How to Feel Pretty Good About Your Holiday Shopping This Year

So you survived Black Friday and Cyber Monday. Or maybe you avoided them all together. Either way,  jingly hats off to you! Still… unless you’re a super-organized supermom, there’s likely more holiday shopping to be done.

For some, shopping for holiday gifts is a fun challenge, perhaps even akin to a sportz thing, complete with a playbook and special shoes, or a plan for stalking eBay to snag an impossible-to-find toy. But for others, the thought of filling your cart to the brim year after year — especially this year — can be more daunting than delightful.

If you don’t want to feel like you’re giving all your money to THE MAN only to fill your house with stuff you don’t really want, there are a few ways you can spend a little smarter this season — while still creating all that sparkly, twinkly holiday magic.

Focus on experiences instead of things.

Whether your kids already have entirely too much stuff, or you just want to stop acquiring so much stuff, consider gifting experiences instead of toys. Granted, this is a little trickier to pull off in pandemic times when activities are limited. But they’ll be back, and the idea is this: When presented as a gift and treated as a special occasion, zoo or museum memberships, or even a fancy lunch and pedicure date are wonderful gifts for kids — especially if it means undivided attention and quality time with Mom or Dad. If you still want them to have something to open, pairing a single meaningful physical item with an experience can make the whole shebang memorable. Think: a telescope with space camp, a personalized apron or chef’s hat with a cooking class, etc.

Have a purge party.

Okay, “purge party” sounds more like a bad Lifetime movie than a new holiday tradition, but whatever you call it, make a night (or afternoon) of getting rid of stuff before you acquire even more of it. Make cookies, put on festive music, and have your kids go through their clothes and toys to set aside some for donation. You can set a goal (10 toys each!) or make it a challenge (whichever kid donates the most toys gets to put the star on the tree / flip the switch on the lights / whatever). They may whine about it at first, but they’ll thank you in 20 years when they realize you saved them from becoming hoarders.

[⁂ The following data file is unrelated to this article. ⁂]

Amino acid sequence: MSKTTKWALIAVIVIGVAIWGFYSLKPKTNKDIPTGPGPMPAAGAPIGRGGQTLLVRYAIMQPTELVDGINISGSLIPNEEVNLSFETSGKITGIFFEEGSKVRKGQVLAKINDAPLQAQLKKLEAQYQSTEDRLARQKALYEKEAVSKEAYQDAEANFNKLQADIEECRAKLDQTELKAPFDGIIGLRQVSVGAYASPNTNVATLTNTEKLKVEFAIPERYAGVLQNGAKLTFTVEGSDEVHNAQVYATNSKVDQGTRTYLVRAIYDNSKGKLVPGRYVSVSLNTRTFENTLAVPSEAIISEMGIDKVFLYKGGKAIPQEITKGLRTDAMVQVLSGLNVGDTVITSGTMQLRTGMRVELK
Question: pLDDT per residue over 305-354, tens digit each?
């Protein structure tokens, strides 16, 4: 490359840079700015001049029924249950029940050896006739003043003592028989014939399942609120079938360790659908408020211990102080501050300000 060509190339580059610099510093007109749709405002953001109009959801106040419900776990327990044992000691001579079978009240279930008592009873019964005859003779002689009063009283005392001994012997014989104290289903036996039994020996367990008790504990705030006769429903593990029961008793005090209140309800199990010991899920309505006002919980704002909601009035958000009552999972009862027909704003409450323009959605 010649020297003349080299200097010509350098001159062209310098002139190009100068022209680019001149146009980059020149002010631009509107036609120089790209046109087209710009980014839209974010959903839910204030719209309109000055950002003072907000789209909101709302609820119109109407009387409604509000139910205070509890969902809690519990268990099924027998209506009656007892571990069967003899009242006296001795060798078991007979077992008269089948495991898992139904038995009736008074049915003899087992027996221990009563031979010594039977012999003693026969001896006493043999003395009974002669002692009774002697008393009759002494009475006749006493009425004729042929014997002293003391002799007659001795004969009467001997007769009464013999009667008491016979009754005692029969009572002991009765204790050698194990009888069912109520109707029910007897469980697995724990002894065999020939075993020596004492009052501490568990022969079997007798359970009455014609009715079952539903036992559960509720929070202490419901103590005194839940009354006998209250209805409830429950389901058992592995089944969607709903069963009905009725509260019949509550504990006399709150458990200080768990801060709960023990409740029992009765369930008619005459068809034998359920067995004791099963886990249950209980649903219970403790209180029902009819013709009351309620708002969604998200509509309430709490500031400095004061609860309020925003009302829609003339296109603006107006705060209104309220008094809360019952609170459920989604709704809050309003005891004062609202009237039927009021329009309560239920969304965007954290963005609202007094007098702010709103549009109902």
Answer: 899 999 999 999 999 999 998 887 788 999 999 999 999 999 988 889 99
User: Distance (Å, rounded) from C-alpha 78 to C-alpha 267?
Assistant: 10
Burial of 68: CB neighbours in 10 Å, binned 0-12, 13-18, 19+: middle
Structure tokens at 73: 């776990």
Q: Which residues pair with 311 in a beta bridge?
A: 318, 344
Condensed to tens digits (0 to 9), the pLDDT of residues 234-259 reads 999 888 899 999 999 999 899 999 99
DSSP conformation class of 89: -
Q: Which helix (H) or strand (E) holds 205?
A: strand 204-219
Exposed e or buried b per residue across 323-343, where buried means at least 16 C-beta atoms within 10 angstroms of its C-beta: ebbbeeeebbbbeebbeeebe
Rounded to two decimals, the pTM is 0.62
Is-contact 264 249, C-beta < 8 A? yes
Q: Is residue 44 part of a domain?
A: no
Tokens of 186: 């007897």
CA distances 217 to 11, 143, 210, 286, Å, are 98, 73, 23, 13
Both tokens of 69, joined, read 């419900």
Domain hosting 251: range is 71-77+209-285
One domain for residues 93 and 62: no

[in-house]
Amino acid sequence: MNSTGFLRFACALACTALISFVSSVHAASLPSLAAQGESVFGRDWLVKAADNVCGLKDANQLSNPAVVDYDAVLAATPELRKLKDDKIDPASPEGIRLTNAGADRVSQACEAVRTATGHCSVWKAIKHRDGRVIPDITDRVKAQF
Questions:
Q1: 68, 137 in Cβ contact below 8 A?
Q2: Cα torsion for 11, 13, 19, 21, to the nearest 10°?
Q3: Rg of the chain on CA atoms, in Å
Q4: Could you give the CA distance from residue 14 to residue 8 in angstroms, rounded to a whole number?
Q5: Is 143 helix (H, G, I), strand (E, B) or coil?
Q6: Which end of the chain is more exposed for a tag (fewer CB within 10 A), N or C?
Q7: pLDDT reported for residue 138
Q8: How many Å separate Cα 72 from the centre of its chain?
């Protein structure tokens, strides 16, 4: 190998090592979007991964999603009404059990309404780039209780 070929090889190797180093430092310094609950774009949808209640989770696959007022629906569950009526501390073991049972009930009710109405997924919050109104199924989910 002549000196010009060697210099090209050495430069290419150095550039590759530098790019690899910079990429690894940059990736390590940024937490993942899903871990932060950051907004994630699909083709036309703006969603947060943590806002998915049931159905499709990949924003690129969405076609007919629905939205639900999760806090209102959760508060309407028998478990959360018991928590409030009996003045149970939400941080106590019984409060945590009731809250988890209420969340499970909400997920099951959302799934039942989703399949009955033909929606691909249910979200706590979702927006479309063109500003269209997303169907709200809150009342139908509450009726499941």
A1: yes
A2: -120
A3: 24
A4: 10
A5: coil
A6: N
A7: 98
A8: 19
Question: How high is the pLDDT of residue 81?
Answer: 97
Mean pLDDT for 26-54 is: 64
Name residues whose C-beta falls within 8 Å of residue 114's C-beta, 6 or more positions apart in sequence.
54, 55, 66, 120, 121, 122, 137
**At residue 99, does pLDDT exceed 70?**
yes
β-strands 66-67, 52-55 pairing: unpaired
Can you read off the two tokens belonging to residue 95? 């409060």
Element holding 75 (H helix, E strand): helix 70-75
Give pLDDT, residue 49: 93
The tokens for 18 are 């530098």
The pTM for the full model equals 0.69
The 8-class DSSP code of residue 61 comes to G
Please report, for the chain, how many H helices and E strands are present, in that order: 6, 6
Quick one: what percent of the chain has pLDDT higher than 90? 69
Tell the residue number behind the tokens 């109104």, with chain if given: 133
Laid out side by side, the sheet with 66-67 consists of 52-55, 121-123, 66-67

Buy from places that give back.

Okay, maybe your kid has no interest in a hand-embroidered blanket made from ethically sourced, beet-dyed linen, or even one of those wooden Waldorf toys all the minimalist Instagram moms are always posting about. Sometimes you just need a Barbie or one of those goddamn Vtech toys with the horrible music that haunts you in your sleep. Luckily, most big-box stores put some portion of proceeds back into the community, whether through scholarships, donations, or other charitable activities. So before you head out for your holiday shopping, check the store’s corporate website (also, you know, just to be sure you’re not accidentally supporting something you might not want to support). Oh, and if you’re already ordering stuff on Amazon, you might as well use AmazonSmile, which gives 0.5% of the purchase price of eligible items to a charity of your choice.

Shop small, local, etc.

Yeah, yeah, yeah, you hear this all the time, I know. But there are all kinds of reasons to do your holiday shopping at locally owned-and-operated stores, especially right now. In addition to supporting small businesses and your local economy, buying from independent retailers can help reduce your environmental footprint, whether it’s through sustainably made goods, less excessive packaging, minimizing transportation, etc. The benefits of shopping locally go beyond the feel-good stuff, too. Small shops are more likely to have one-of-a-kind gifts you won’t get at a big-box retailer — for example, pop into an independent bookstore and you may find a children’s book signed by the author. Oh, you don’t have time to leisurely make your way from adorable storefront to adorable storefront this season? No biggie. It’s easy to shop small online, too. Etsy is a great place to start, but you can pretty much find sustainable/fair trade/independent anything on the web these days.

Also, just give back.

If you still want to go crazy and buy your kids ALL THE THINGS, hey, we’re not here to judge you. But if you can afford to do that, ask yourself if there’s some room in your budget to make sure less fortunate kids have some gifts to open this year, too. You can keep it simple by dropping gifts in a Toys for Tots box, or making a monetary donation to a charity that helps low-income families. And if you want to get your kids in on the do-gooding, consider adopting a family this holiday season (a quick web search should turn up plenty of local organizations that will pair you with a family in need).

Don’t wait until the last minute. (like, seriously, don’t)

You know when you skip lunch and smell pizza and then eat the whole thing? And then maybe you throw back some ice cream because your day of healthy eating is already totally shot? Well, the same thing happens with holiday shopping. If you wait until the last minute to get it done, you’re much more likely to overbuy and/or overspend. You do not want to be that manic lady running around Target throwing everything in your cart without thinking and/or freaking out when the ONE thing you actually needed to buy is out of stock. And we will totally judge you (but just a little, because we’ve all been there) if you pay $30 for express shipping on some hard-to-find L.O.L. doll.

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Emily Farris lives in Kansas City, MO with her burly husband, toddler son, and two rowdy rescue mutts. She's written for Bon Appetit, Food & Wine, and The Cut. When not busy cleaning up somebody's pee, she's posting about drinks and home decor on Instagram @thatemilyfarris.